This live music venue remains one of the most laid-back and unpretentious places to catch bands in the capital.
Located just off Charing Cross Road, opposite the side of the popular Foyles bookshop, this venue has a central and an easy-to-find location – it's a short stumble from Tottenham Court Road Central Line station and loads of bus routes routes run close
by. From the outside, you'll wonder whether the venue is themed, as the wooden ticket office, visible from the street, wouldn't look out of place in a Tex-Mex themed bar. Walk past this – ensuring you check out the musical legends on the walls,
such as Oasis, who have played the venue in the past – and you enter a rather industrial-looking, white-walled stairway that leads to the left-hand side of the stage.
Once downstairs, you'll feel as if you've entered a cross between a rustic country-themed venue (wooden paneling) and a somewhat industrial club (the ceilings are covered in open piping). There are two bars either side of the small stage, which is also
used as part of the dance floor for club nights. The smaller bar of the two can be hard to get served at but is a welcome addition when you're over on the left-hand side of the stage during a
really packed gig and you're dying for a drink.
There's a main standing area to watch the bands, which is quite small – and can get pretty packed and sweaty – and a small seating area to the right of the stage where you can sit and be close to the band. Unfortunately, this space is designed with a
huge white pole restricting the view of the stage at some angles. Thoughtfully, the venue provides a TV, which allows you to still see what's going on.
Towards the back, there's a bigger seating area, where you'll find half a dozen or so low-level black tables and silver and black stools. There's also a couple of areas to perch, which you can lean against and put down your drink.
This area is also served by a TV, so you never miss out on what's happening on the stage – even if you're far away. The modern and somewhat unfinished toilets (there's no mirror in the ladies just yet) are behind this area, too. These can be a bit tight
to get into at times, especially on busier nights – but they're a lot cleaner than other music venues.
Whereas a lot of venues are unwelcoming unless you fit into a certain scene, The Borderline isn't like that at all. Due to the sheer variety of music on offer – and the rather eclectic indie and rock club night on Saturdays – the club is really unpretentious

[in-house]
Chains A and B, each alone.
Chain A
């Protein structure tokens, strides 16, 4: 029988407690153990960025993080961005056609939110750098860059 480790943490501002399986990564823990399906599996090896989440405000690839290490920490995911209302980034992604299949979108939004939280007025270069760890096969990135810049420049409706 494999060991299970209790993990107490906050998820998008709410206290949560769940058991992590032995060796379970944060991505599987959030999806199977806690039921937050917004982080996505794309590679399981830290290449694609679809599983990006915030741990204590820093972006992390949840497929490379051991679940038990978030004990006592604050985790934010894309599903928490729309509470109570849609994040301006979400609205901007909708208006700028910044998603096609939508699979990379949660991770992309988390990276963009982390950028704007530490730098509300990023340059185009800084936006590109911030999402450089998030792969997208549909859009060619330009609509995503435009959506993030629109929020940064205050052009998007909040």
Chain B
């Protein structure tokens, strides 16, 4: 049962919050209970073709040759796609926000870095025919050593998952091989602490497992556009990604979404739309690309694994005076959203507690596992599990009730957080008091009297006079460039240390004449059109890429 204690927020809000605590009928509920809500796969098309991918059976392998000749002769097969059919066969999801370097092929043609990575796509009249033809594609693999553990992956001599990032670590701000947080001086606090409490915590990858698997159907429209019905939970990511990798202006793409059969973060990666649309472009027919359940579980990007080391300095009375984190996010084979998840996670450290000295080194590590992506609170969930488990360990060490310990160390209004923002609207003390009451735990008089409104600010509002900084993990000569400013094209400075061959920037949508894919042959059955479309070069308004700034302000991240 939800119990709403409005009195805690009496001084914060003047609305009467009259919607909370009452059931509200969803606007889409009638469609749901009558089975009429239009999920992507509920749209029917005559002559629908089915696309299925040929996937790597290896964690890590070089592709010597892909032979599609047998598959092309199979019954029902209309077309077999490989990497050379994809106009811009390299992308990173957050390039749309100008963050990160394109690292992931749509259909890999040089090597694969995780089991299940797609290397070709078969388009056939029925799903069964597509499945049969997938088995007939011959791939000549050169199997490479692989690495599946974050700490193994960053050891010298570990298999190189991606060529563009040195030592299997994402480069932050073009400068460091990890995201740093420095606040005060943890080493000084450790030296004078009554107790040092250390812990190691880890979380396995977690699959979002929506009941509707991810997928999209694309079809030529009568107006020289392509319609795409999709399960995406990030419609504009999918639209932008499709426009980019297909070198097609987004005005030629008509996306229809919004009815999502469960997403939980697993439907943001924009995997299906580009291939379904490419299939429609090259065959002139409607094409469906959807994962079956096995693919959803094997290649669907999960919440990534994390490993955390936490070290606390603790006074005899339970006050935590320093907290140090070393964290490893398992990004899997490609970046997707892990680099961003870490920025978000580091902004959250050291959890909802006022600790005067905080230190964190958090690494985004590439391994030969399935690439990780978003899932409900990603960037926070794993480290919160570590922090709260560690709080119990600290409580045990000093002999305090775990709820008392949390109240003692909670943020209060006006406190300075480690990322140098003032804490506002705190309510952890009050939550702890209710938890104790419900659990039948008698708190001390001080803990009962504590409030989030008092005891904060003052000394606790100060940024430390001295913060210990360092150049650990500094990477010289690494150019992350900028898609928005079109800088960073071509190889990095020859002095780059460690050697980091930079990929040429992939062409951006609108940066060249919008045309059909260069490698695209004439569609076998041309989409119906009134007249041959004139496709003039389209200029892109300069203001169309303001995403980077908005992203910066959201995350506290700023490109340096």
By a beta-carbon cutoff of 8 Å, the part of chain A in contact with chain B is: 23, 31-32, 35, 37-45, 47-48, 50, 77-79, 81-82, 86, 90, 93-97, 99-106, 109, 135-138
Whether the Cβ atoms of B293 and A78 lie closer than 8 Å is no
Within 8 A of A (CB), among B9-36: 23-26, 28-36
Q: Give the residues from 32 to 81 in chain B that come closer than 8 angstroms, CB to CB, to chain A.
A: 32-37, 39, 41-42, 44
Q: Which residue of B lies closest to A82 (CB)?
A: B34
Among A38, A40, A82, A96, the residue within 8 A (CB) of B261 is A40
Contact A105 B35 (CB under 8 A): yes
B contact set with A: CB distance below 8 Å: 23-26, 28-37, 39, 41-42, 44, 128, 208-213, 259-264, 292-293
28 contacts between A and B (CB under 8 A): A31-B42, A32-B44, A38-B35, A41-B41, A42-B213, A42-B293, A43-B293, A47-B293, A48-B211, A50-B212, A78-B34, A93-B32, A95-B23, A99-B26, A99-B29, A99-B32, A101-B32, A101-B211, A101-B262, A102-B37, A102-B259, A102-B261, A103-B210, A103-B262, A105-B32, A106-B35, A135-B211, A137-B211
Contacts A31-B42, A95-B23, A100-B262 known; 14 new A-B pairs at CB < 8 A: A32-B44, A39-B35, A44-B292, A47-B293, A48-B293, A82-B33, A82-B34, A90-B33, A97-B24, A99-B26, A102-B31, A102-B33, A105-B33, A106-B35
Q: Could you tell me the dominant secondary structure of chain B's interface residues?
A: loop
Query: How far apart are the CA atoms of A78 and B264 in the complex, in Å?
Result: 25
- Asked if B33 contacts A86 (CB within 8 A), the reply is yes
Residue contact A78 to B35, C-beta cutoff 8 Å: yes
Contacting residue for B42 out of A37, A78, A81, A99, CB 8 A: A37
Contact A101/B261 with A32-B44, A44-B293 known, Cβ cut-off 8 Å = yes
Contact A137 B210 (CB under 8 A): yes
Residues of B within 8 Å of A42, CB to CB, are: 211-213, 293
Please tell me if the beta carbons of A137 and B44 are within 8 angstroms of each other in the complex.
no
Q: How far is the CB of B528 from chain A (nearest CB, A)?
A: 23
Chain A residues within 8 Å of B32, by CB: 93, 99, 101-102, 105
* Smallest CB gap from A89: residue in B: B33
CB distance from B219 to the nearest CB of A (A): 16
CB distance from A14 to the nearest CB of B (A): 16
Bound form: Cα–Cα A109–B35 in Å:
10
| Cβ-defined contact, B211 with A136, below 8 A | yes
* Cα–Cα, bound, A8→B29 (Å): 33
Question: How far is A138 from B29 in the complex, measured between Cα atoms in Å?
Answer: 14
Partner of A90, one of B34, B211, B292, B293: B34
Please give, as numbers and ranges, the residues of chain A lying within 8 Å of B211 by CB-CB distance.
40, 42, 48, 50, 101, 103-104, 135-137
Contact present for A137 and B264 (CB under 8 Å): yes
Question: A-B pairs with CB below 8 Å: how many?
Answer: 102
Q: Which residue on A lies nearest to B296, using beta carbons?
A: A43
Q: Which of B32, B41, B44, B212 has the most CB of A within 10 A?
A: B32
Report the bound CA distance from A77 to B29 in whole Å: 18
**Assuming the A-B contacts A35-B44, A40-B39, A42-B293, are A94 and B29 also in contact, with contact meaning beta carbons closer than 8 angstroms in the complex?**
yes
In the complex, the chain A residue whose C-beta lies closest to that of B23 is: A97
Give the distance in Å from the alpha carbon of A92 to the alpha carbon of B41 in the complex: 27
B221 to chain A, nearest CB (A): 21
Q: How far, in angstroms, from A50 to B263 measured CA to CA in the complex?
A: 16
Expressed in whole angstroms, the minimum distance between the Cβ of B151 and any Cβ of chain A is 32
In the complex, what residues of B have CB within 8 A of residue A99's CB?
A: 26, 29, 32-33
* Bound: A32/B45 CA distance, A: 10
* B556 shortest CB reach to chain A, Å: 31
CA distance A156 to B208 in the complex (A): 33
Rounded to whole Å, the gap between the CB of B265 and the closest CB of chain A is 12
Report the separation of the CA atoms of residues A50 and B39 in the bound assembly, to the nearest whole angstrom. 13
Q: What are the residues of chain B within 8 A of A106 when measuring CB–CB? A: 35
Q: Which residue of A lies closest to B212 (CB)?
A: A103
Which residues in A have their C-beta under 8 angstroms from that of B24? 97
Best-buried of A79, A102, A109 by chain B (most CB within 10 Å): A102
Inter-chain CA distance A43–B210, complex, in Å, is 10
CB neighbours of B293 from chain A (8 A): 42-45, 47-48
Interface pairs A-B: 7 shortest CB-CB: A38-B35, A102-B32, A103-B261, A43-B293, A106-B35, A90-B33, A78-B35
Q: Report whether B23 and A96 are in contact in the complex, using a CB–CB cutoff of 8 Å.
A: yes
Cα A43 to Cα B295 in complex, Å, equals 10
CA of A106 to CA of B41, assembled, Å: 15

and attracts a lot of people from different music scenes. Whether you brand yourself as a goth, a metal head or part of the indie scene, you won't feel out of place. Staff further emphasise this, they're friendlier than you'd expect for a music venue and
generally look as if they're having a good time like the punters.
This is the main focus and the intimate space plays host to hundreds of up-and-coming and well-known bands every year. Music can vary considerably depending on the nigh - on one night you might listen to a folk-themed blues band, and on another you
might hear an electronic-based or heavy metal act. Every Saturday, the club hosts The Christmas Club, which is a rock and indie night playing everything from 60s classics to modern day favourites. If you're going to visit the venue, it's worth checking out
the listings first, so you're not disappointed when you arrive.
Drinks are priced quite fairly considering the central location and the fact it opens until 3am on some nights. In keeping with the gig-venue theme, there's not a great selection of drinks on offer but they serve all the popular favourites. Carlsberg and San
Miguel are served on draught, Tetleys and Red Stripe are in cans and bottles include Gaymers, Newcastle Brown Ale, Budvar and VS alcopops. Spirits are pretty standard, too. You're looking at spending around £3.40 for a pint, slightly more for bottles and slightly less for cans. There's also wine on offer, too, and this is around £4 a glass.
The Last Word
Unpretentious, laid-back and intimate, The Borderline’s one of the best live music spaces in the capital.